- AV Technology: How is AV/IT convergence playing out in your facility?
- Ron Tam: AV/IT convergence is indeed here, but I think it has some significant teething pains. Many solutions in the AV marketplace aren't truly converged despite claims that these systems can be remotely managed and configured. The end devices are typically, non-native IP speakers, and even if they are, a proprietary AV management application is required to collect detailed alarm and telemetry information—standard information that is readily available in the IT world.
The trouble is, most IT departments have an existing network management and trouble ticketing system and the AV management applications don't feed into these established systems. This leaves the IT team with yet another disconnected management interface to deal with. Perhaps with the impending Internet of Things (IoT) explosion, AV staples like serial interface controlled commercial presentation displays will catch up with their consumer-grade cousins that, for years, enjoyed built-in network and Wi-Fi. Then we'll have something to chew on.
What AV/IT problems have you solved recently?
Ron Tam: One of the ongoing challenges (and great opportunities) that our cross-functional teams have been facing is how to make our existing collaboration technology more useful and productive in this age of the highly mobile workforce. It is a total "rethink" of how we use technology in the workplace because location is no longer a consistent factor.
We have been evaluating various collaboration technologies to be part of a "next-generation" toolset. Before recommending any new technology, proper consideration is exercised against all other tools in use, so that the user experience is not compromised. The key is to create a truly unified and seamlessly integrated toolset that is user location independent, supports Bring Your Own Devices (BYOD) and is highly reliable—anywhere, any device, any time.
What types of new tech or products do you want to learn more about?
Ron Tam: We are seeing a lot of innovative products that are potential disruptors to the marketplace. Some products I've been keeping an eye on are those that shrink the footprint of the traditional AV control unit/network while making them more web accessible and manageable. These are great first steps to realizing full AV/IT convergence.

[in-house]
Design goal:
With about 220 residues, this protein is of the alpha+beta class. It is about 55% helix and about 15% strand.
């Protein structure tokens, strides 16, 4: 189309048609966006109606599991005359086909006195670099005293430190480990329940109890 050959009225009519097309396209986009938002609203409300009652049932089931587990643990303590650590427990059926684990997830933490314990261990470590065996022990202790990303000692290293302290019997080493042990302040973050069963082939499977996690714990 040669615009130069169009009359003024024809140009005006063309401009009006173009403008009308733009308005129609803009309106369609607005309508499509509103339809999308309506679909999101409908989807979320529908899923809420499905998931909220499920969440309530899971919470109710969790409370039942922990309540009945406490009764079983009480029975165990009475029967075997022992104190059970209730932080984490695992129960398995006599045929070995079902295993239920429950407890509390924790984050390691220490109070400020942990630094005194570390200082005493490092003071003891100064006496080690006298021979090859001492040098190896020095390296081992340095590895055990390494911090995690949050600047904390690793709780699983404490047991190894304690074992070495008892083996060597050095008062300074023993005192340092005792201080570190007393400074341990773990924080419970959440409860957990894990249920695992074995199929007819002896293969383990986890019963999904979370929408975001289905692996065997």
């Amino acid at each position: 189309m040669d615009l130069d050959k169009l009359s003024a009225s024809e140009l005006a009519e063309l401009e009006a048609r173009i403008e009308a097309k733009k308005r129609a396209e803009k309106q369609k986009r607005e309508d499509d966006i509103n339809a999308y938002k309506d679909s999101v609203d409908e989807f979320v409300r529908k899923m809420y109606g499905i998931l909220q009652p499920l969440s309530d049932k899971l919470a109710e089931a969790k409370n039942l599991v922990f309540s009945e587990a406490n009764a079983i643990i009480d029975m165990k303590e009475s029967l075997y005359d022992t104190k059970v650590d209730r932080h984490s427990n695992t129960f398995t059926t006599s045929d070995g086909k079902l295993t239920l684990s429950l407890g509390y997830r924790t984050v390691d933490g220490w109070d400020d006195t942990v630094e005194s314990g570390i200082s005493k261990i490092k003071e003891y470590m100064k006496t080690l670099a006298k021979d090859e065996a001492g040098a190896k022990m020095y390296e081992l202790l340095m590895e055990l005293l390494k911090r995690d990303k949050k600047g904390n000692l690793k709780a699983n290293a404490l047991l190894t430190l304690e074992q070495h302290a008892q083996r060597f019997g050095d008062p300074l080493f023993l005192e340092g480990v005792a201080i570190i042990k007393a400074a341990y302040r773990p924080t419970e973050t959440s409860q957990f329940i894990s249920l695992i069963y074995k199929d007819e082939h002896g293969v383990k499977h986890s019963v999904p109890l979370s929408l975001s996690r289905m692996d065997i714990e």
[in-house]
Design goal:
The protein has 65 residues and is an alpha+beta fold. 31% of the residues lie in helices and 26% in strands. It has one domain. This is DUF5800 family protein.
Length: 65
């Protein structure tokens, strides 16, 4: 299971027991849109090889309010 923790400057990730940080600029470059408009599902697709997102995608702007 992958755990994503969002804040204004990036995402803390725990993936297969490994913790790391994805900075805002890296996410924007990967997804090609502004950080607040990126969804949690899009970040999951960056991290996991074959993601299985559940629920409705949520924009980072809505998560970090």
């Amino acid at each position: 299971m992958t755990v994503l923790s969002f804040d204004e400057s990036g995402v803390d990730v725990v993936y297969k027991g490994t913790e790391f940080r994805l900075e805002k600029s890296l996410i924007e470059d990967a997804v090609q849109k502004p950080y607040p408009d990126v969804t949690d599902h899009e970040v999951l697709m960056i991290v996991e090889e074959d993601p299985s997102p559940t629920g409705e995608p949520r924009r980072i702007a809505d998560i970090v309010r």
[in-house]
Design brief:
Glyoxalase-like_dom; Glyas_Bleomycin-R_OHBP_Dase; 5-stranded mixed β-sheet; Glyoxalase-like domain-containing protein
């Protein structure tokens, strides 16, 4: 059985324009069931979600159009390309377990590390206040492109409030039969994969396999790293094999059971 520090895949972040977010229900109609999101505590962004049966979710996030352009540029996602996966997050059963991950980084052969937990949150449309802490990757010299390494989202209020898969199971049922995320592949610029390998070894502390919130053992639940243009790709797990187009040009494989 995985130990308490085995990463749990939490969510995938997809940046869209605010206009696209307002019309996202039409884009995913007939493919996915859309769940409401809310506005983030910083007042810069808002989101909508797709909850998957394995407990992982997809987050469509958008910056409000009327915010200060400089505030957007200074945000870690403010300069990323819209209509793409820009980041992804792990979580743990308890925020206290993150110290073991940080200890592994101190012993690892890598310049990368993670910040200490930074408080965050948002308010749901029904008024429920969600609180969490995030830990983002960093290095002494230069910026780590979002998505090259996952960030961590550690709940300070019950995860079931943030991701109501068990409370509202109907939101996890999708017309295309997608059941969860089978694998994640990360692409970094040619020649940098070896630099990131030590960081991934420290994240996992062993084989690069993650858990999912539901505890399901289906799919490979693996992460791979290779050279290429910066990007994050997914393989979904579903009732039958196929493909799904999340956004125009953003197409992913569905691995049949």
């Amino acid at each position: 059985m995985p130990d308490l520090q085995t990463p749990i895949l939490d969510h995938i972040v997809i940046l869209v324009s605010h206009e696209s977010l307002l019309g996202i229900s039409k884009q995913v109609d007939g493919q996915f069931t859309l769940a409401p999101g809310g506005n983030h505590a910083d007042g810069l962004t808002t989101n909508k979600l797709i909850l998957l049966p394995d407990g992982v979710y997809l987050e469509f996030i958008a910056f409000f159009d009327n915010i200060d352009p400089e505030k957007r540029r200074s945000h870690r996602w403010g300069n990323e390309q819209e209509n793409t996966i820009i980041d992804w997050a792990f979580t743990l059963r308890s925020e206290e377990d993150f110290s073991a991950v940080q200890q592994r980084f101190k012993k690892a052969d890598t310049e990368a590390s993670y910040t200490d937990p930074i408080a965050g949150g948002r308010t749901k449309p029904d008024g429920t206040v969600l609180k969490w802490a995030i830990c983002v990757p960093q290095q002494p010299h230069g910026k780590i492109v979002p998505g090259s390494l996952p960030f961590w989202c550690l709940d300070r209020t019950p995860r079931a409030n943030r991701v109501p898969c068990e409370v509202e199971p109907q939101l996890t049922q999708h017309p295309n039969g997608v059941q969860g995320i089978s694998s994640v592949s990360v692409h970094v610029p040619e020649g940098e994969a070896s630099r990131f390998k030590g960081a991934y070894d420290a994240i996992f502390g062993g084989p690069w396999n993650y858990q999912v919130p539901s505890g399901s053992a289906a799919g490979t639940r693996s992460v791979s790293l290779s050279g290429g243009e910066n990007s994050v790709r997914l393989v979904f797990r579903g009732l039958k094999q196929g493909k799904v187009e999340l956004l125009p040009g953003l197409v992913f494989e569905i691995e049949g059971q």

With "smarter" endpoints, a more proactive approach can be taken to managing Quality of Experience (QoE) across AV systems and the collaboration services that they represent.
What AV/IT do you hope to buy in the near future?
Ron Tam: In the short-term, we are looking at solutions that will help bring the collaboration room experience to our mobile workforce. Specifically, I'm evaluating tools that can extend the white-boarding experience, verbatim, outside the conference room to participants that are on the road or working from home.
There is something about being in the same room with your team members and sketching out a technical design, a process flow or a clarifying picture on a whiteboard in real-time—this kind of collaboration is fast, easy and most importantly, saves time.
Where are tech manufacturers getting it wrong or missing opportunities?
Ron Tam: I think a lot of the technology manufacturers tend to focus on adding iterative features to their product portfolios rather than introducing revolutionary offerings. In today's technology world, change happens at such a blistering pace that you can easily find yourself stuck down an outmoded path and unable to readjust. With the wave of BYOD cresting and an increasingly mobile workforce, the traditional fixed conference room (and its constituent technologies) ceases to have the same relevance as it once did.
What is the biggest obstacle to collaboration?
Ron Tam: I believe that a negative user experience can bring successful and enduring collaboration to a grinding halt. Collaboration is very much a mindset, which with the right toolset can become a cultural norm. However, if a collaboration tool is too difficult and confusing to use or addresses only part of a user's needs, users will either boycott the tool, use it as a last resort or find an alternative solution on their own. None of these outcomes are particularly palatable especially after investing significant monetary and human resources into a new collaboration tool.
If we get the user experience right, people will flock to the new tool and the detractors will follow suit. I'm being facetious, but aren't iPhones kind of popular because of their ease of use?
What are your collaboration strategies?
Ron Tam: Our collaboration strategy is a holistic one—anywhere, any device, any time. In its scope are the common five pillar tools of integrated voice, video, conferencing, IM and presence. But the strategy goes a couple steps further where the overall user experience is made paramount. After all, if the tools aren't easy to use or don't work well together, collaboration falls apart.
By adopting this strategy, we pull into closer focus the underlying sub-technologies that support the five pillar tools. For example, can the AV technology being used in traditional conference rooms translate well to a virtual meeting? Can IM and presence information available in every collaboration client be utilized in the traditional conference room for better collaboration?